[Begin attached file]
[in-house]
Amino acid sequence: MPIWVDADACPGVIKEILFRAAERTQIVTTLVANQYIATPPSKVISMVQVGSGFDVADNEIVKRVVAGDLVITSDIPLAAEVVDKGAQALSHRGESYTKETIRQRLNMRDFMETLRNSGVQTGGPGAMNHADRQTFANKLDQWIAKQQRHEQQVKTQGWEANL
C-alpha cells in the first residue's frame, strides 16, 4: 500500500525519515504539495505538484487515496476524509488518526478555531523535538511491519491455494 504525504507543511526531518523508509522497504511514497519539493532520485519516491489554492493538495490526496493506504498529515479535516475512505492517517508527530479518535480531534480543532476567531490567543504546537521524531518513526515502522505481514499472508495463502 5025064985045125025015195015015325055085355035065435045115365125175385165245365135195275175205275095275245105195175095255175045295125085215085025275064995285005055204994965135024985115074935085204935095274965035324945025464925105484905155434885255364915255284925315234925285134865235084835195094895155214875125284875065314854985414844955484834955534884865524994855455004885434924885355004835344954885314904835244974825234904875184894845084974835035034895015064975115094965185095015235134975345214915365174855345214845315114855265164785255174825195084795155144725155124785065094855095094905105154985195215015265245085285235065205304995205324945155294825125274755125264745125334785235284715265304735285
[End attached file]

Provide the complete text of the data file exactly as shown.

[in-house]
Amino acid sequence: MPIWVDADACPGVIKEILFRAAERTQIVTTLVANQYIATPPSKVISMVQVGSGFDVADNEIVKRVVAGDLVITSDIPLAAEVVDKGAQALSHRGESYTKETIRQRLNMRDFMETLRNSGVQTGGPGAMNHADRQTFANKLDQWIAKQQRHEQQVKTQGWEANL
C-alpha cells in the first residue's frame, strides 16, 4: 500500500525519515504539495505538484487515496476524509488518526478555531523535538511491519491455494 504525504507543511526531518523508509522497504511514497519539493532520485519516491489554492493538495490526496493506504498529515479535516475512505492517517508527530479518535480531534480543532476567531490567543504546537521524531518513526515502522505481514499472508495463502 5025064985045125025015195015015325055085355035065435045115365125175385165245365135195275175205275095275245105195175095255175045295125085215085025275064995285005055204994965135024985115074935085204935095274965035324945025464925105484905155434885255364915255284925315234925285134865235084835195094895155214875125284875065314854985414844955484834955534884865524994855455004885434924885355004835344954885314904835244974825234904875184894845084974835035034895015064975115094965185095015235134975345214915365174855345214845315114855265164785255174825195084795155144725155124785065094855095094905105154985195215015265245085285235065205304995205324945155294825125274755125264745125334785235284715265304735285